A new car-sharing model is being tried out in Germany, linking BMW with a car club in a bid to offer fleets a new concept in vehicle hire.
Called DriveNow, the venture with Sixt AG was launched in Munich in April and now looks set to be rolled out in Berlin.
If successful, BMW is thought likely to extend it to other markets, with the UK a prime candidate.
DriveNow follows a conventional car club model but with exclusivity to BMW cars. Vehicles are hired and dropped off at the customer’s convenience.
Offered under the new BMW sub-brand BMW i, the service will allow customers to find vehicles via the internet, a smartphone app or even at the roadside, meaning they can be used without advance booking.
Options include the BMW 1 Series and the Mini Cooper, with an initial fleet of 300, while DriveNow plans to add electric vehicles in the future.
The system is keyless. The vehicles can be opened and closed with a chip on a driving licence and activated by pressing the start button.
Ian Robertson, a member of BMW AG’s board of management for sales and marketing, said: “There is a growing demand for flexible mobility products in urban areas.
“DriveNow’s premium car sharing services are aimed precisely at this gap in the market.”
However, UK car clubs may be cautious of such an exclusive link-up.
Chas Ball, chief executive of the charity CarPlus, which promotes car clubs and car sharing, told Fleet News: “We are not certain that car clubs would want a solo relationship with one manufacturer.”
Car clubs operate out of more than 45 locations across the UK and have a combined membership in excess of 110,000, according to the CarPlus annual survey.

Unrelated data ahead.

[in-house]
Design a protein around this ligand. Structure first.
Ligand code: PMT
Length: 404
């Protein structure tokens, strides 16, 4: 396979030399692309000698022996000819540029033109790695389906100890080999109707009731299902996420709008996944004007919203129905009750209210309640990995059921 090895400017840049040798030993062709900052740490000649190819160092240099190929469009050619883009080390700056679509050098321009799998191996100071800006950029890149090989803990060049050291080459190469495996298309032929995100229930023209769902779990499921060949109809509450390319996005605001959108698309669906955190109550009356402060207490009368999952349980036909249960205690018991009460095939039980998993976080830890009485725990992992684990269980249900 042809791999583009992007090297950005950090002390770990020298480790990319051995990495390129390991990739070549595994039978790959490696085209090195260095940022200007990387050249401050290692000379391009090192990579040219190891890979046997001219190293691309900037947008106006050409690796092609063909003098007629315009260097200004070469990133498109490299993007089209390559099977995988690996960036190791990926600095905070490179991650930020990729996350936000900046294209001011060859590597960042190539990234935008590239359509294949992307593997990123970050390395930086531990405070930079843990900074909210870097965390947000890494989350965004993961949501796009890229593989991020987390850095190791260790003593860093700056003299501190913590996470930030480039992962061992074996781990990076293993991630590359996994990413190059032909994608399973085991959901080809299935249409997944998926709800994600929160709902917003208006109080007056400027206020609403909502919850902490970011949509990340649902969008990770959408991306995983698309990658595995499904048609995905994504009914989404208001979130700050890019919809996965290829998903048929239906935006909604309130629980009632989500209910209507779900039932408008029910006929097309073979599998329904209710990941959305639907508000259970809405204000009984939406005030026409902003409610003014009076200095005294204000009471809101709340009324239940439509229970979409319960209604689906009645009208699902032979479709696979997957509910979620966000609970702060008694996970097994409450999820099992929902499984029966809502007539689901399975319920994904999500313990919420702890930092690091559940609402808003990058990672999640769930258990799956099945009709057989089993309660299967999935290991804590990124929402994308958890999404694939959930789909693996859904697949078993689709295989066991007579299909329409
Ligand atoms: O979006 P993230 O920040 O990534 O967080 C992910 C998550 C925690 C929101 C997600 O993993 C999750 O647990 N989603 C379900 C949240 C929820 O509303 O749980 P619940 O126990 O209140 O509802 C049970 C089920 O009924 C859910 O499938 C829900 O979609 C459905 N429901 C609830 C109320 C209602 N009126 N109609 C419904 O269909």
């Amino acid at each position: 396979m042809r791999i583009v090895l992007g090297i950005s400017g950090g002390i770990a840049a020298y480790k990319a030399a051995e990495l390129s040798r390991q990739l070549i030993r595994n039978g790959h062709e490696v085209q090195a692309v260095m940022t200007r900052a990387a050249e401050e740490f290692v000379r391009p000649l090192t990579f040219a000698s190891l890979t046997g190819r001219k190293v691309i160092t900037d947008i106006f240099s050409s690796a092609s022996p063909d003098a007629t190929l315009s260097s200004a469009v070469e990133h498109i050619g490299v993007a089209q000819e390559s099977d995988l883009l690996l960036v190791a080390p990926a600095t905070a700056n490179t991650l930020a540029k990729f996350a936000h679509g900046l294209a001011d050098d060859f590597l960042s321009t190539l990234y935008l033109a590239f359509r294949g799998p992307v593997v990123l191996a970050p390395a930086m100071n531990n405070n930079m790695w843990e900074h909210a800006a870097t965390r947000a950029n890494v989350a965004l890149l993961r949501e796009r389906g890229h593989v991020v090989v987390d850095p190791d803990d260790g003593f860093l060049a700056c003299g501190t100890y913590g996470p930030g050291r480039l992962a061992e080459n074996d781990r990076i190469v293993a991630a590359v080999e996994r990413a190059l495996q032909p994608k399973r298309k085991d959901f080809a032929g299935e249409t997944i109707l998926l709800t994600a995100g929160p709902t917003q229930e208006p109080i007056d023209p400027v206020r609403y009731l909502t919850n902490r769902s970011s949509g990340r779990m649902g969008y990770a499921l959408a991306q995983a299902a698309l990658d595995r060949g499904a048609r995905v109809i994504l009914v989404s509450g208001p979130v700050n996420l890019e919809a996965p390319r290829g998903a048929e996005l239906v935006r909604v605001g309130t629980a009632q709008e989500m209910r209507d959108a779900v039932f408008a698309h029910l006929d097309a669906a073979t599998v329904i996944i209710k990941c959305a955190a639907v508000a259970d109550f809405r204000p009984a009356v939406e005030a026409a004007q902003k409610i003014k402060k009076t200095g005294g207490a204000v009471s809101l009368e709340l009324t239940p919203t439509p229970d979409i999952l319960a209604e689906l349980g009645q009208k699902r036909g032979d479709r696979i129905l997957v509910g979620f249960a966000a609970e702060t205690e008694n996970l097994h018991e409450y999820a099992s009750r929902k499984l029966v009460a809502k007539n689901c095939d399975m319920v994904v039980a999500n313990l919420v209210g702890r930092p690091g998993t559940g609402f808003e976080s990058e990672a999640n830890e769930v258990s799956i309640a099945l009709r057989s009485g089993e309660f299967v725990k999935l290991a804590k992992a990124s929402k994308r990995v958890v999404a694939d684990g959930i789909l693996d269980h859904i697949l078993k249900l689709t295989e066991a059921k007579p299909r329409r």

But they have been looking beyond their initial core of private users to increase the number of businesses on their books.
Streetcar, a UK club which merged two years ago with its US subsidiary Zipcar, launched in 2008 Streetcar for Business.
Business accounts cost £99 per year, in addition to the normal pay-as-you-go charges, and allow staff access to all of the Streetcar fleet. Extra employees can be added to the account at a cost of £10 each.
To date, 2,768 businesses have signed up, out of a total membership of 70,000. Among them are Kellogg’s and Surrey County Council.
Surrey County Council’s link-up with Streetcar resulted in a cost reduction of 26% per mile driven by the local authority.
“It has helped us reduce transport costs and encourages our staff to walk to work or use public transport in the knowledge they have access to a car for business purposes,” said Kay Hammond, Surrey County Council cabinet member for Community Safety.
“It is helping us reduce our carbon footprint and ease traffic congestion.”
Car club business user Ian Grant, from Grant Thornton, is full of praise for the service.
“City Car Club is an excellent service. It is simple and efficient, and it can be tailored to be used exactly how you need it, as well as ensuring that you do your bit for the environment,” he said.
Construction giant Arup joined a car club to replace three pool cars when it moved its headquarters to Leeds city centre.
Arup had spent just over £17,000 operating a pool car system when all fuel, maintenance, parking, depreciation and administration costs were calculated.
However, in the first full year of using the car club total costs came to less than £5,000, meaning a saving of well over £12,000.
CarPlus says businesses using car clubs can cut administration and running costs, as well as dealing with grey fleet concerns.
Also, if employees have access to a car while at work, they may leave their own car at home and travel to work by public transport, freeing up parking spaces and reducing congestion.
Ball wrote a report last autumn for the Transform Scotland Trust that forecasts the rapid expansion of Scottish car club membership from 3,500 now to 25,000 by 2014-15.
By Deirdre Mason